“At last Gandalf pushed away his plate and jug — he had eaten two whole loaves (with masses of butter and honey and clotted cream) and drunk at least a quart of mead — and he took out his pipe.” — J.R.R. Tolkien, “The Hobbit”
After a string of Hobbit films, and with Game of Thrones returning to the tube in April, mead-swilling characters from medieval environs abound. So it is with admirable timing that Chris Webber has lowered the drawbridge at his Lakewood Castle of Fermentation to cross the lands with his mead and cider. Webber — a lifelong National Guardsman and home winemaker, and a teacher of heraldry since 1970 — and his wife and damsel of genealogy, Cheryl, own and operate Dragon’s Lair Country Wines & Meads from their production estate of 230 square feet in Lakewood. As of this month, “Cider” could be added to their coat of arms. We’ll talk cider later.
As I sipped his winter Solstice Spiced Mead from the Skep & Skein Tavern in the land of West Olympia, I envisioned not drinking from bottle-poured pint glass surrounded by town folk wearing shorts and No-Li Brewhouse T-shirts, but rather handed a goblet of Webber’s Dragon’s Lair liquid Christmas, thanking the “Milady” with an attempted handshake converted to a hand-kissing via chivalric judo, then sinking into my comfy throne amid ceiling beams, loggias, woodwork and oil paintings.
“I’m going to offer the mead to the patrons at the bar,” said Webber, looking for permission from the Skep management.
“I would dub Webber my royal mead maker,” I dreamed, before snapping out of the sweet and warming haze of Long Beach born cranberries and holiday spices.
Mead, which is made of honey and water fermented with yeast, is perhaps the oldest alcoholic beverage in the world. Mead-making likely started when a sack of honey would catch some rain, which leads to fermentation. Consuming what’s in the bag would create a state of inebriation, which of course led people to experiment with making more. A process evolved.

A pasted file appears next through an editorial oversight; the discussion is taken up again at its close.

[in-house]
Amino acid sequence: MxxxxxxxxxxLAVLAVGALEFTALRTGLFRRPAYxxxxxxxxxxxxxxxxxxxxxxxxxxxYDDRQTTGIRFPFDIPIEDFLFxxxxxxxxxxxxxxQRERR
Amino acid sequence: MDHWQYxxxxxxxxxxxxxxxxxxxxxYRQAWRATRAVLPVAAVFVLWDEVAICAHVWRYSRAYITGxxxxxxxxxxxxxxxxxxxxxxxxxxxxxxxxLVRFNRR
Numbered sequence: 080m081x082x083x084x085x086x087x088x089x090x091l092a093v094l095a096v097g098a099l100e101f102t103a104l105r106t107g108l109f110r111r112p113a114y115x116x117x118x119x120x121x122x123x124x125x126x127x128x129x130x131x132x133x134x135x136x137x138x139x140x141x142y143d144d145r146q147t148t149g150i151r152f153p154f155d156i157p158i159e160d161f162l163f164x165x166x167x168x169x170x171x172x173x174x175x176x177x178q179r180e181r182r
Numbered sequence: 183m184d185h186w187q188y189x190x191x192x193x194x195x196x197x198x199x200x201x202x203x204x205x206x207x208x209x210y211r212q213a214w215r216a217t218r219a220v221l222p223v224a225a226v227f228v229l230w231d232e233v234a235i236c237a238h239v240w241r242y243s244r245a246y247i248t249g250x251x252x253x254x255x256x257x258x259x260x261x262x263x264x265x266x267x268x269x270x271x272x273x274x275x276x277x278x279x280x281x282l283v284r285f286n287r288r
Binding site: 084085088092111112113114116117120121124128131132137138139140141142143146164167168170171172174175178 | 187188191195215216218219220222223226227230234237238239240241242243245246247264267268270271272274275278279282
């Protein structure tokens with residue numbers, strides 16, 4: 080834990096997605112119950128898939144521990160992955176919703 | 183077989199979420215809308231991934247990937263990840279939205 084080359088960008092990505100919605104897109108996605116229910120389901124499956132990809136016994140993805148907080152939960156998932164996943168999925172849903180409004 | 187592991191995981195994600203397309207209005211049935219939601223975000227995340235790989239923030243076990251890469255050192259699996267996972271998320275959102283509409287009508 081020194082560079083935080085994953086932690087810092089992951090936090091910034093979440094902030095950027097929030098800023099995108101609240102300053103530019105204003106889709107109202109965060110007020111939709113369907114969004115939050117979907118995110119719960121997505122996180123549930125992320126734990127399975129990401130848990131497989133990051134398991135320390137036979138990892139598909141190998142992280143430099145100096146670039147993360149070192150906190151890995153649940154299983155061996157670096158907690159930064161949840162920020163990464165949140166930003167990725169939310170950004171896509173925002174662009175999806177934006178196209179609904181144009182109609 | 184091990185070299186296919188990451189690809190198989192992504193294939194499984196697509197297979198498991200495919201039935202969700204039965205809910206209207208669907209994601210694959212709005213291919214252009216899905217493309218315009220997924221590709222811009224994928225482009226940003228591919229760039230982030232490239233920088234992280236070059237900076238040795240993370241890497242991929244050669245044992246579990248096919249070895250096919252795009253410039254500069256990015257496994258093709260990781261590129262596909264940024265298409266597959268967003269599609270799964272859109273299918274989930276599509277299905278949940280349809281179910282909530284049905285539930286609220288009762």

Often associated with the Viking Age, enjoyed by the ancient Greeks and mentioned in Chaucer’s 14th-century Canterbury Tales, mead is having resurgence thanks to the craft brewing trend and the aforementioned “Game of Thrones.” But far from the sticky-sweet beverage sold at Renaissance festivals, modern mead is lighter in taste and can be consumed like a glass of wine or beer. Meads of the moment are carbonated and may be dry, semi-dry or sweet.
Before Webber made his mead mark, he was a young child living on a pioneer farm in Dayton, Washington, just northeast of Walla Walla. He would join his family picking wild apples, plums and elderberry, canning the goods to supplement harvests from their enormous gardens. A nursing job relocated his mother and the family to Vancouver, Washington, where Webber watched his mother evolve into a wine connoisseur, when he wasn’t hitting junior high curriculum. Soon, he was studying wine. (Cue time machine soundtrack.) After a long tour in Iraq in the mid-2000s, a tour through Chateau Ste. Michelle Winery and a wine kit purchase at the Puyallup Fair Webber became a garage winemaker.
A year later, in 2009, he grabbed first place for his Granny Smith apple and cinnamon stick wine at the Puyallup Fair.
Hanging out in online wine forums, a mead discussion broke out. Inspired, Webber made a batch of the industry standard Ancient Orange mead. He was hooked. So hooked, Cheryl and Chris founded the American Mead Makers Association, an industry voice for the close to 300 meaderies in the United States. Chris is a past president.